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2.3.5 2.3.5 Presentation Transcript

  • 2.3.5 Simpson’s Diversity Index 5/11/2013 Author -Guru IB /ESS 1
  • • Simpson's Diversity Index is a measure of diversity. In ecology, it is often used to quantify the biodiversity of a habitat. It takes into account the number of species present, as well as the abundance of each species. 5/11/2013 Author -Guru IB /ESS 2
  • Biological Diversity - the great variety of life • Biological diversity can be quantified in many different ways. The two main factors taken into account when measuring diversity are richness and evenness. Richness is a measure of the number of different kinds of organisms present in a particular area. For example, species richness is the number of different species present.. 5/11/2013 Author -Guru IB /ESS 3
  • • However, diversity depends not only on richness, but also on evenness. Evenness compares the similarity of the population size of each of the species present 5/11/2013 Author -Guru IB /ESS 4
  • Richness • The number of species per sample is a measure of richness. The more species present in a sample, the 'richer' the sample. • Species richness as a measure on its own takes no account of the number of individuals of each species present. It gives as much weight to those species which have very few individuals as to those which have many individuals. Thus, one daisy has as much influence on the richness of an area as 1000 buttercups. 5/11/2013 Author -Guru IB /ESS 5
  • Evenness • Evenness is a measure of the relative abundance of the different species making up the richness of an area. 5/11/2013 Author -Guru IB /ESS 6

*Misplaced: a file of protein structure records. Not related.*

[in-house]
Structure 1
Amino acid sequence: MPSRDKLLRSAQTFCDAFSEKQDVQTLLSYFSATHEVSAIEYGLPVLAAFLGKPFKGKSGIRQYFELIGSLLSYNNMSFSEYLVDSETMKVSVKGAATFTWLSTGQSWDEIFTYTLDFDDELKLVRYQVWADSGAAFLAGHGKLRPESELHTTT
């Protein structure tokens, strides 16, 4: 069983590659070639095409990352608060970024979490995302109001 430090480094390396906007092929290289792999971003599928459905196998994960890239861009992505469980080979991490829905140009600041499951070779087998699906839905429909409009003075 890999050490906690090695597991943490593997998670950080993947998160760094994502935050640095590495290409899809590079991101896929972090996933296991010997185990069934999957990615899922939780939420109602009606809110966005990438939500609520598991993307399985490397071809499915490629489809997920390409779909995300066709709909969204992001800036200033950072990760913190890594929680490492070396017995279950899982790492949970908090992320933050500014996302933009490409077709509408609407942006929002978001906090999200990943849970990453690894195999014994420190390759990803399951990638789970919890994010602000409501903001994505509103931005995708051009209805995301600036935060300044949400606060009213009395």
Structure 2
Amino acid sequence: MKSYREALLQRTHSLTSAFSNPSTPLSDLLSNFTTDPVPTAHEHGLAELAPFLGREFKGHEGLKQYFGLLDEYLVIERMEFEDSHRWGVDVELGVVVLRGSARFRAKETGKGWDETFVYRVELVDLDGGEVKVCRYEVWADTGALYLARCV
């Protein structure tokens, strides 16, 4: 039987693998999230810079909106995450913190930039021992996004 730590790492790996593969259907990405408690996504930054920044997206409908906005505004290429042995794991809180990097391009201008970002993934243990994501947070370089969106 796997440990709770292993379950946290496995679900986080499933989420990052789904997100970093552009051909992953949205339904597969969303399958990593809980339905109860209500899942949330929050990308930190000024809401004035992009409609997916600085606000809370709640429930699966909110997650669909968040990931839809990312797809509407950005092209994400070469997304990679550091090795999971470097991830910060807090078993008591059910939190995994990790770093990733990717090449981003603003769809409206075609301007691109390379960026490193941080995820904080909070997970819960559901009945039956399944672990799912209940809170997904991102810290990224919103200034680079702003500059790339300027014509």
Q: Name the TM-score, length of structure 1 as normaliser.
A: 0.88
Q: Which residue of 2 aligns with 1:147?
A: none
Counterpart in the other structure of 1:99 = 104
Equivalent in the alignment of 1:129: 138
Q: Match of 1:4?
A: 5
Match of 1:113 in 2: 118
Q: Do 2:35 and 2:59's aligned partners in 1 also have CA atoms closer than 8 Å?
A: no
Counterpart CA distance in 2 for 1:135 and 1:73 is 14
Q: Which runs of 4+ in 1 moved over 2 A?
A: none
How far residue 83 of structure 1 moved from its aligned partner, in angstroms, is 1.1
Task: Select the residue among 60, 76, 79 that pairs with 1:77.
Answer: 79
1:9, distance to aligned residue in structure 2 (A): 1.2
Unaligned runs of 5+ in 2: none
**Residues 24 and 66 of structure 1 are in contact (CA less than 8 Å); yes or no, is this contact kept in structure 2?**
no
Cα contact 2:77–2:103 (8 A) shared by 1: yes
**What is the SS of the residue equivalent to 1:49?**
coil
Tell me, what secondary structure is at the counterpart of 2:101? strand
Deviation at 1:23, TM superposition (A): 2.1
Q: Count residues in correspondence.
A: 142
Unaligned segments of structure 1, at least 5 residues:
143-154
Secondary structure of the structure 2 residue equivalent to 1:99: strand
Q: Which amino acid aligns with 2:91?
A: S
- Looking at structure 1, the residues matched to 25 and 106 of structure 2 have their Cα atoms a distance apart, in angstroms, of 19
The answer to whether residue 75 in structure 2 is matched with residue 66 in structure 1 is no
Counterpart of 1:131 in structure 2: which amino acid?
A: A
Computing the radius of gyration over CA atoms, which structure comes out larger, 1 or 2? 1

• Example Numbers of individuals Flower Species Daisy Dandelion Buttercup Total 5/11/2013 Sample 1 Sample 2 300 335 365 1000 20 49 931 1000 Author -Guru IB /ESS 7
  • • The sample from the first field consists of 300 daisies, 335 dandelions and 365 buttercups. • The sample from the second field comprises 20 daisies, 49 dandelions and 931 buttercups. 5/11/2013 Author -Guru IB /ESS 8
  • • Both samples have the same richness (3 species) and the same total number of individuals (1000). • However, the first sample has more evenness than the second. This is because the total number of individuals in the sample is quite evenly distributed between the three species. 5/11/2013 Author -Guru IB /ESS 9
  • • In the second sample, most of the individuals are buttercups, with only a few daisies and dandelions present. Sample 2 is therefore considered to be less diverse than sample 1. 5/11/2013 Author -Guru IB /ESS 10
  • • A community dominated by one or two species is considered to be less diverse than one in which several different species have a similar abundance. 5/11/2013 Author -Guru IB /ESS 11
  • • As species richness and evenness increase, so diversity increases. Simpson's Diversity Index is a measure of diversity which takes into account both richness and evenness. 5/11/2013 Author -Guru IB /ESS 12
  • 5/11/2013 Author -Guru IB /ESS 13
  • • As an example, let us work out the value of D for a single quadrat sample of ground vegetation in a woodland. Of course, sampling only one quadrat would not give you a reliable estimate of the diversity of the ground flora in the wood. Several samples would have to be taken and the data pooled to give a better estimate of overall diversity. 5/11/2013 Author -Guru IB /ESS 14
  • A worked example Species Number (n) n(n-1) Woodrush 2 2 Holly (seedlings) 8 56 Bramble 1 0 Yorkshire Fog 1 0 Sedge 3 6 Total (N) 5/11/2013 15 Author -Guru IB /ESS 64 15
  • 5/11/2013 Author -Guru IB /ESS 16
  • D = 0.3 (Simpson's Index) 5/11/2013 Author -Guru IB /ESS 17
  • • When the equation is written in this form the value of the Simpson Index can only be between 0 and 1 and the smaller the decimal correlates to the greater the diversity. • If we take the reciprocal then the higher the value greater than 1 has the greater diversity. 5/11/2013 Author -Guru IB /ESS 18
  • Perform the Simpson’s Index for the data below. Numbers of individuals Flower Species Daisy Dandelion Buttercup Total 5/11/2013 Sample 1 Sample 2 300 335 365 1000 20 49 931 1000 Author -Guru IB /ESS 19
  • • Compare your values by performing the reciprocal as well as the original formula. • Discuss your results. 5/11/2013 Author -Guru IB /ESS 20